How to Make and Use Leaf Mold

Compost bins
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They’re free. You’re going to rake them up anyway. Why not turn your leaves into something your garden will love your for?

What is Leaf Mold?

Simply put, leaf mold is fully decomposed leaves. Don’t turn up your nose. Leaf mold has a rich, earthy scent and a dark, crumbly texture that could make regular compost jealous.

How Do You Make Leaf Compost?

It couldn’t be easier. Just rake your leaves into a pile and let them rot. The more compact the pile, the faster they will decompose. One year I had stored some leaves in those tall, brown paper, recycling bags, to use as brown material in my compost. I never got around to using them and by spring, not only had the bag disintegrated, the leaf had turned into the best compost I’ve ever made.

The leaf mold making process is very similar to making traditional compost - but easier. You can simply pile your leaves and leave them to rot or you can contain them in a wire bin or any other composting contraption. Moisten them and toss a tarp or some other cover over the pile, to maintain the moisture level.

As I found out, you can also compost leaves in a bag. I happened to use paper, which allowed air and water in as the paper decomposed. However you could even use plastic garbage bags, as long as you cut or tear openings in the bag for venting. You’ll also need to check the contents periodically to make sure they are not drying out.

How Long Does It Take?

Since leaves are considered a “brown” composting material and are predominantly carbon, they can take longer to decompose than an active compost pile. An unstructured pile can take up to two years, but in a bag or a 3 ft. x 3 ft. bin, you should see results within 6 - 10 months, depending on the weather and the types of leaves.

If you’re impatient, you can shred the leaves before composting them. This will greatly speed the process. If you don’t have a shredder, just run the mower over them. You should ideally turn or toss the pile every month, to ensure the leaves are decomposing evenly throughout. I don’t usually bother and it hasn’t slowed things down too much.

Using Leaf Mold in the Garden

Leaf mold is considered a soil conditioner. Although it doesn’t add much in the way of nutrients, leaf mold improves soil’s structure, texture and water-holding ability. It also creates ideal conditions for establishing a soil ecosystem of beneficial organisms.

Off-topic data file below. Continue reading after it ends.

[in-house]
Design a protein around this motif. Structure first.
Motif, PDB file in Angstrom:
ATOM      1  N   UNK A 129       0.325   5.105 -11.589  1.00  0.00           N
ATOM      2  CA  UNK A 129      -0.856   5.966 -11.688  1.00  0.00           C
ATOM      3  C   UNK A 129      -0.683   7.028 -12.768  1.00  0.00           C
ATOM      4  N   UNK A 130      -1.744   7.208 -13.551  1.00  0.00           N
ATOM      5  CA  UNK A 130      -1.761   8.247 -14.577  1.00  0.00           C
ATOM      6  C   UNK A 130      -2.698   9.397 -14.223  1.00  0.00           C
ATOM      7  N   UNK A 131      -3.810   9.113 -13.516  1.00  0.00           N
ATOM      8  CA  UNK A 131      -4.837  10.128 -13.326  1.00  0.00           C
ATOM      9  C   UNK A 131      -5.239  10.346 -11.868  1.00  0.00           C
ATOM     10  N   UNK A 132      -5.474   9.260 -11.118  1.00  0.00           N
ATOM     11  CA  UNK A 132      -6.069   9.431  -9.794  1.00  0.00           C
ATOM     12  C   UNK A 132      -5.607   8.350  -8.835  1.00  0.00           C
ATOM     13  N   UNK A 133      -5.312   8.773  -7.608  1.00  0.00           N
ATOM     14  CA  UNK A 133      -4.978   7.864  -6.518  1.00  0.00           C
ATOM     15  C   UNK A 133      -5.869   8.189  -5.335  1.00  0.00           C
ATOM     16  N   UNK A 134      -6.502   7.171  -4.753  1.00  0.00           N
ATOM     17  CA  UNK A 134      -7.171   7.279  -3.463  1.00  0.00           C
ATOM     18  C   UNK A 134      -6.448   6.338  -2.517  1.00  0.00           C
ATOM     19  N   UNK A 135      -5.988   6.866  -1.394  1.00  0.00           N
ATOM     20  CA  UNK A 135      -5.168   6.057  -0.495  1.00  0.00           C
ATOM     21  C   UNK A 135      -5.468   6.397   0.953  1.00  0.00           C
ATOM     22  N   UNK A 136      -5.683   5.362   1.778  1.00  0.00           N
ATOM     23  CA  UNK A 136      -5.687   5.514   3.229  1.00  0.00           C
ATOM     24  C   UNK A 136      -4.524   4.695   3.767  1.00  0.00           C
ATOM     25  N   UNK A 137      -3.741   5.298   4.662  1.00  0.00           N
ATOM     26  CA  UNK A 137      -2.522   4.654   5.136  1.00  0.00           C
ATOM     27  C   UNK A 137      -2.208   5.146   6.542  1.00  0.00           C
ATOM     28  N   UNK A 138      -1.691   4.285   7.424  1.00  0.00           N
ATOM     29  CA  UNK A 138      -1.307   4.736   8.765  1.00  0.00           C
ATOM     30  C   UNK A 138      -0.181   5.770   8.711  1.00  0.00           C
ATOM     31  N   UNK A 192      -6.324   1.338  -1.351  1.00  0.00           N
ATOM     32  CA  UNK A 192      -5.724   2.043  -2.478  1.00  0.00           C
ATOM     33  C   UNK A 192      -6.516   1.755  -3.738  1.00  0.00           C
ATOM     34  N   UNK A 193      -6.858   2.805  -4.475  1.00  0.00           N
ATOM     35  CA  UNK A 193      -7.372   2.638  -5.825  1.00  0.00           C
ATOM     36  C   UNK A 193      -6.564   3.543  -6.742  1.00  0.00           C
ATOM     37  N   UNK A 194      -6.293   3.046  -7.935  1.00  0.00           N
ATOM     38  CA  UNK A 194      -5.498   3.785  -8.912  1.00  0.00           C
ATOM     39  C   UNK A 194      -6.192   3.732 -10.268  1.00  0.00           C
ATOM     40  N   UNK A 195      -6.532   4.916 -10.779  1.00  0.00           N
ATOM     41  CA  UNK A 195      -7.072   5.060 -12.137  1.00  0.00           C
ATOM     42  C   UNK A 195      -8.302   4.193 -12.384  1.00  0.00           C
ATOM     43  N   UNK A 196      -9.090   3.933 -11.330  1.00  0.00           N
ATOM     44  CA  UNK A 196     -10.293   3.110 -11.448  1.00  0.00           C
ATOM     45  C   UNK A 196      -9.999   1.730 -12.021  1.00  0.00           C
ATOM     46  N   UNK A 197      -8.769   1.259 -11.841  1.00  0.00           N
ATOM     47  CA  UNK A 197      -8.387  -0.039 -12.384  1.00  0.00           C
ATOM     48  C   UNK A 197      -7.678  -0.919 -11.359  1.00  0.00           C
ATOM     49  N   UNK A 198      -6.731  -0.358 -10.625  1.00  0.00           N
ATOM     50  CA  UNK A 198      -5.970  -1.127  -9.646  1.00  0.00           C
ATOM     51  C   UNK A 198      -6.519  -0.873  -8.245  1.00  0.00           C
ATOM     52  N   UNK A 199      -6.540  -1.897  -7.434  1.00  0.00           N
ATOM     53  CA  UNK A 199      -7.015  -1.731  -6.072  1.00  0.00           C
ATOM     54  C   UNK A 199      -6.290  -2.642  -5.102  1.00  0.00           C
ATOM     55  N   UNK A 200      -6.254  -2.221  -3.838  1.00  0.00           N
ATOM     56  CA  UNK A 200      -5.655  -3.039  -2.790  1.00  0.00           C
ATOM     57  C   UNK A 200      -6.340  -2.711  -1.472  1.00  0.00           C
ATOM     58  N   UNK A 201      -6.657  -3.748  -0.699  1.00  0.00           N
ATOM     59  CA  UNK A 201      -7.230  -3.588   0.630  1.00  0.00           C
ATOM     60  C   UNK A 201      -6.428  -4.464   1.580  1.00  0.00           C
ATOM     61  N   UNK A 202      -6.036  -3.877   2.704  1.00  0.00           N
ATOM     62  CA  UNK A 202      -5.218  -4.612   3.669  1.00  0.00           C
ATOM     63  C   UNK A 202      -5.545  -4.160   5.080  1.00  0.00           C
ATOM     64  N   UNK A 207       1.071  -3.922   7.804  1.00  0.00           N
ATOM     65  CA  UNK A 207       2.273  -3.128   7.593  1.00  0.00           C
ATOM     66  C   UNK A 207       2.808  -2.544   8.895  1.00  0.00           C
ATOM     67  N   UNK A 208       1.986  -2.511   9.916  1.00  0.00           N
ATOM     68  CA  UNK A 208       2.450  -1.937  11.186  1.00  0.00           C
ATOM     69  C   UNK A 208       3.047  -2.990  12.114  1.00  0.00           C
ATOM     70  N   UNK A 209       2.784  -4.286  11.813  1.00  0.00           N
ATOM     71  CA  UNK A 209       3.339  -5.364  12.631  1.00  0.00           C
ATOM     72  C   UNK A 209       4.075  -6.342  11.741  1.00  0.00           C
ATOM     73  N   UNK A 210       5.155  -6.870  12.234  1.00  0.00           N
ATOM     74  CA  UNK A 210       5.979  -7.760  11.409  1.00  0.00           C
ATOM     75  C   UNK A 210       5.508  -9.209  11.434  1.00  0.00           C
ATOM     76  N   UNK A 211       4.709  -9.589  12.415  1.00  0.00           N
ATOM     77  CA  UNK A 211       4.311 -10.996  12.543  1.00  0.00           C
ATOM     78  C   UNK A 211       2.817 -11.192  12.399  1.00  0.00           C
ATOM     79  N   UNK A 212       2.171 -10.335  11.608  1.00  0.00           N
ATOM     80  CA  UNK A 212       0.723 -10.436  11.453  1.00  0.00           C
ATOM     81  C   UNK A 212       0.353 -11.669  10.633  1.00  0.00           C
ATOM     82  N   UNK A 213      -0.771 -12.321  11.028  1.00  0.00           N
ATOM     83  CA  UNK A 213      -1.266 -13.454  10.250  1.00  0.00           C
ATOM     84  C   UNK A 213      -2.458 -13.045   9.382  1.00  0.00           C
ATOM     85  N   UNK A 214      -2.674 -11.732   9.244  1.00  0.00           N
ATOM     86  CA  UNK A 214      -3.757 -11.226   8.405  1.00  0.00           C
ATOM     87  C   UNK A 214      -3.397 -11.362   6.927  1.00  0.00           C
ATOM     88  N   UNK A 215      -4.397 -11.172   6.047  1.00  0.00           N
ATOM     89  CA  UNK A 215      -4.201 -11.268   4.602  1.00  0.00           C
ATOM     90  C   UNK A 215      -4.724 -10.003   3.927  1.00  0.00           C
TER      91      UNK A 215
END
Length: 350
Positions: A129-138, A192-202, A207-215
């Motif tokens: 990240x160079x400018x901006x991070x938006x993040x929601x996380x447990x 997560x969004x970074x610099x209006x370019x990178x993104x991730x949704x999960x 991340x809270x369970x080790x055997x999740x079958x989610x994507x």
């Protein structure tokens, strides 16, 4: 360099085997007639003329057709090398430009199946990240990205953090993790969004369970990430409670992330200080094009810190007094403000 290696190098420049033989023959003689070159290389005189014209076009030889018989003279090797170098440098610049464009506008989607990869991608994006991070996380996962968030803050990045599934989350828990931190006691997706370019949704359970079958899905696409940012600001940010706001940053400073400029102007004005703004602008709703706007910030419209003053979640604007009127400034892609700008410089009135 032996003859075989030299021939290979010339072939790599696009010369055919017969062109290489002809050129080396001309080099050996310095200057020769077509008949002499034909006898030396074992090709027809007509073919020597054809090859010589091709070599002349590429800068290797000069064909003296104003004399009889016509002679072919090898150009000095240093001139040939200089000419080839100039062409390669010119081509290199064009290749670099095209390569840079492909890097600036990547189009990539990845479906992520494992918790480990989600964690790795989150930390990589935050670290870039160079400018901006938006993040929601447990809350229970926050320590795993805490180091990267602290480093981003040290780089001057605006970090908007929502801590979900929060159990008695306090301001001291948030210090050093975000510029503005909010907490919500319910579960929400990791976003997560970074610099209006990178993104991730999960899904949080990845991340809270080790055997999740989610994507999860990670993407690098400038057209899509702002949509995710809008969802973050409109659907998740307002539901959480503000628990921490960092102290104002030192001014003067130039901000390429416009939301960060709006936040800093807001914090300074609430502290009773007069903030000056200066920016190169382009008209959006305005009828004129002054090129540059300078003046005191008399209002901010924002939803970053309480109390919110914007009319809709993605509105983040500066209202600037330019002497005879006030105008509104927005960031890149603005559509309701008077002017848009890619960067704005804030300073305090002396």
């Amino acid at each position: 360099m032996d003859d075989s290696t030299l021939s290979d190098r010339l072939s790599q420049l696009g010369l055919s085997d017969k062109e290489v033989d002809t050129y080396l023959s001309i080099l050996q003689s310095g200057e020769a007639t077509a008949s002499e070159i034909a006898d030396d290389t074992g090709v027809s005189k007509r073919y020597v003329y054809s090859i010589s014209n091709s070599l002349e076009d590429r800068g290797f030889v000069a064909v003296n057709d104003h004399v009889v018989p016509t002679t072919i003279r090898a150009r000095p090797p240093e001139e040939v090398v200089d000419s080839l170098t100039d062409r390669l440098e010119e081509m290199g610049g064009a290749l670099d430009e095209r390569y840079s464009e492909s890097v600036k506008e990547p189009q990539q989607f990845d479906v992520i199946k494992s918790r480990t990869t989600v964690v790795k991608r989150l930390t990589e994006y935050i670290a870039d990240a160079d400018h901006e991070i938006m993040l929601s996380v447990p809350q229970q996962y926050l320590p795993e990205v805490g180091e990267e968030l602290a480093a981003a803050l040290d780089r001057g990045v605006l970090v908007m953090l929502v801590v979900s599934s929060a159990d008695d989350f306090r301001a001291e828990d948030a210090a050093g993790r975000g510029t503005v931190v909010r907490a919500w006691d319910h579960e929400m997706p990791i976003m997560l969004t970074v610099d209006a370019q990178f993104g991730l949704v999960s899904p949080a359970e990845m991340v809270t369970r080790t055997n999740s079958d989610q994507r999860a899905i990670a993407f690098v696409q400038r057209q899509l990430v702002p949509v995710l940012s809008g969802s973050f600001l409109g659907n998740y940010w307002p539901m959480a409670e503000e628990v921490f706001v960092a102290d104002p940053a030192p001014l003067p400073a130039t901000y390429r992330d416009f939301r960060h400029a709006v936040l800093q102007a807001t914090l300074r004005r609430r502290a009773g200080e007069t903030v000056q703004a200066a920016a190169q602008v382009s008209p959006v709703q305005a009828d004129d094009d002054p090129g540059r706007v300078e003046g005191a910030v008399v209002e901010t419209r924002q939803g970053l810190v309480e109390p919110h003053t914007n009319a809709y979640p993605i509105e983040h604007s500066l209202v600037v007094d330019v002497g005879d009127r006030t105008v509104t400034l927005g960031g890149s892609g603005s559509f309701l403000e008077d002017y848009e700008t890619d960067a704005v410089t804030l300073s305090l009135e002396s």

Consider leaf mold a free and renewable alternative to peat, with even better water retention. Leaf mold can hold several hundred times its own weight in water and soils amended with leaf mold improved their water holding ability by almost 50 %.  Working 3 in. of leaf mold into the top 6 in. of soil can improve the water holding capacity of sandy soil 2 ½ times.1

In addition to improved water retention, it also helps to loosen heavy soils. Garden soils amended with leaf mold actually approach that elusive “well-drained, moist soil” that is so often recommended.

You can work leaf mold into your soil, the same way you would compost. Just add a layer of 2 - 4 in. of leaf mold and either turn it into the top 6 in. of soil or simply let it set and wait for the earthworms to do the work for you. You can also side dress with leaf mold, ringing the periphery of plants with a couple of inches the stuff. Just be careful not to pile it up against the plant stems.

All of these findings are from a study done at the Connecticut Agriculture Experiment Station.  They go on to say that adding a 1 in. layer of leaf mulch on top of your garden bed each year could eliminate the need for fertilizer, although their ideal recommendation it leaf mold plus inorganic fertilizer at half rate.

One last tip, don’t be shy about asking your neighbors for their unwanted leaves. If they’re going to rake them to the curb for pick-up, chances are good they’ll be happy to have you come by and rake them up first.        

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1Research Resources: